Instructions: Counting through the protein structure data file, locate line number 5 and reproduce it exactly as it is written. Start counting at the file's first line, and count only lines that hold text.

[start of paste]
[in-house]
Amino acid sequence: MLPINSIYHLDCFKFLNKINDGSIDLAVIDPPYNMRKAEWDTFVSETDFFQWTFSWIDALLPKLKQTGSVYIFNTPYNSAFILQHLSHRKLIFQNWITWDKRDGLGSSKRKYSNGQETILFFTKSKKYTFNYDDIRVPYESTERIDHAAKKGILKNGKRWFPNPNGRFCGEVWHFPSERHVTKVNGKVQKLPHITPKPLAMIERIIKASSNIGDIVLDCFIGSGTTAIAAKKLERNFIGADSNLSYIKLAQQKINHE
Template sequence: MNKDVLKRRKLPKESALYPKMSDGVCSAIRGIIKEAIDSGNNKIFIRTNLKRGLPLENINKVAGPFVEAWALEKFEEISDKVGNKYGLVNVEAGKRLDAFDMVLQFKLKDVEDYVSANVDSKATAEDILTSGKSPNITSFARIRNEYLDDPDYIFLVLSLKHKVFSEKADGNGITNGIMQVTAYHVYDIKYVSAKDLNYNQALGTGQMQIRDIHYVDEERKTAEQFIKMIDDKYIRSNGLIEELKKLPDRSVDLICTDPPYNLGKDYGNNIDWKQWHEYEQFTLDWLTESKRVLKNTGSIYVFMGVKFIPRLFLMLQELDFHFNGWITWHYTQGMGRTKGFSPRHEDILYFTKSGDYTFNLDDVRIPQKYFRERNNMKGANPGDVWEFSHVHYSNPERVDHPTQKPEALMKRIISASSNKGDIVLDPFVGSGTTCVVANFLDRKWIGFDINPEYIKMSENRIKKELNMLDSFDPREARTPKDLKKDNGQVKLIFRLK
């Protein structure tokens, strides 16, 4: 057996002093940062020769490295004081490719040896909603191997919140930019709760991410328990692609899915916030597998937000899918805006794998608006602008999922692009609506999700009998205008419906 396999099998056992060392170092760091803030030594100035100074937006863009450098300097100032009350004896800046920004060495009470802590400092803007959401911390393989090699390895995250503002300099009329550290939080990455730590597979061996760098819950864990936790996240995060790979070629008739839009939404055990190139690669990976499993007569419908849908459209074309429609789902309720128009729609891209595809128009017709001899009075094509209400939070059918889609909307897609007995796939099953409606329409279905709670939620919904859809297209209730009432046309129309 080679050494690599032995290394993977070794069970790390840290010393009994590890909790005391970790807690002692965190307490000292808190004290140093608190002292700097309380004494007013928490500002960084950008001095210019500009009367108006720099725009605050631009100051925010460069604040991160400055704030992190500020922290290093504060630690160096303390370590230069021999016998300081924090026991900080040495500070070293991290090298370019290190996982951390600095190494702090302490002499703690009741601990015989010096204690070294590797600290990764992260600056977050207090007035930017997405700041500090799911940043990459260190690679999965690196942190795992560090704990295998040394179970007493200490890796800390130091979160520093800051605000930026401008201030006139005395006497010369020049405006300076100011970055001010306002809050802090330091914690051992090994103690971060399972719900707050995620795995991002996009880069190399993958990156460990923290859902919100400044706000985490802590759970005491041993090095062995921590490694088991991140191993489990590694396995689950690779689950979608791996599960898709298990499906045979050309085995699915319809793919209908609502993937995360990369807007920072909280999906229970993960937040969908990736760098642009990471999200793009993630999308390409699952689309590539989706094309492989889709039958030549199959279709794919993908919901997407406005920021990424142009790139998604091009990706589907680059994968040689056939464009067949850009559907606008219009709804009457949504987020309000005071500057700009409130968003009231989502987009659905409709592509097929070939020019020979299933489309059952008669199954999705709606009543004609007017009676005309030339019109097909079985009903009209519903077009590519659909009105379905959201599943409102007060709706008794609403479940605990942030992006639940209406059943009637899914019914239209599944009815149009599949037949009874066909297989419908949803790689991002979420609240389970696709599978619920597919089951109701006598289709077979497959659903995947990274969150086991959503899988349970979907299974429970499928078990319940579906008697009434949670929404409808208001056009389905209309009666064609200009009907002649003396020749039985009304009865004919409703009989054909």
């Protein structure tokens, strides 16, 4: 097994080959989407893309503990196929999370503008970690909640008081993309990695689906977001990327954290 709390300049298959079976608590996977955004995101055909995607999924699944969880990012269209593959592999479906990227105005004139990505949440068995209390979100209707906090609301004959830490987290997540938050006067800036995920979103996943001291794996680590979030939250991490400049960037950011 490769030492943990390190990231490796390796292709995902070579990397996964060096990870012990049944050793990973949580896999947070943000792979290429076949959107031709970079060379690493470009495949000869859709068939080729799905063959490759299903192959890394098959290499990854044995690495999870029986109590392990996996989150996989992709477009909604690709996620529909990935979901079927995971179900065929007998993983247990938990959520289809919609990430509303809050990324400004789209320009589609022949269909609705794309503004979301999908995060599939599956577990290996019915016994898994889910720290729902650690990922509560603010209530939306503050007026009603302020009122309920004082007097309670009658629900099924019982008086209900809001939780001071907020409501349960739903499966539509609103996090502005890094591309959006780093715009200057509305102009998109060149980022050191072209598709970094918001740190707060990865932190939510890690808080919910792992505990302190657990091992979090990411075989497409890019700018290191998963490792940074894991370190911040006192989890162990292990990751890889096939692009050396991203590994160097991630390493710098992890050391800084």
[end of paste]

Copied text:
């Protein structure tokens, strides 16, 4: 097994080959989407893309503990196929999370503008970690909640008081993309990695689906977001990327954290 709390300049298959079976608590996977955004995101055909995607999924699944969880990012269209593959592999479906990227105005004139990505949440068995209390979100209707906090609301004959830490987290997540938050006067800036995920979103996943001291794996680590979030939250991490400049960037950011 490769030492943990390190990231490796390796292709995902070579990397996964060096990870012990049944050793990973949580896999947070943000792979290429076949959107031709970079060379690493470009495949000869859709068939080729799905063959490759299903192959890394098959290499990854044995690495999870029986109590392990996996989150996989992709477009909604690709996620529909990935979901079927995971179900065929007998993983247990938990959520289809919609990430509303809050990324400004789209320009589609022949269909609705794309503004979301999908995060599939599956577990290996019915016994898994889910720290729902650690990922509560603010209530939306503050007026009603302020009122309920004082007097309670009658629900099924019982008086209900809001939780001071907020409501349960739903499966539509609103996090502005890094591309959006780093715009200057509305102009998109060149980022050191072209598709970094918001740190707060990865932190939510890690808080919910792992505990302190657990091992979090990411075989497409890019700018290191998963490792940074894991370190911040006192989890162990292990990751890889096939692009050396991203590994160097991630390493710098992890050391800084």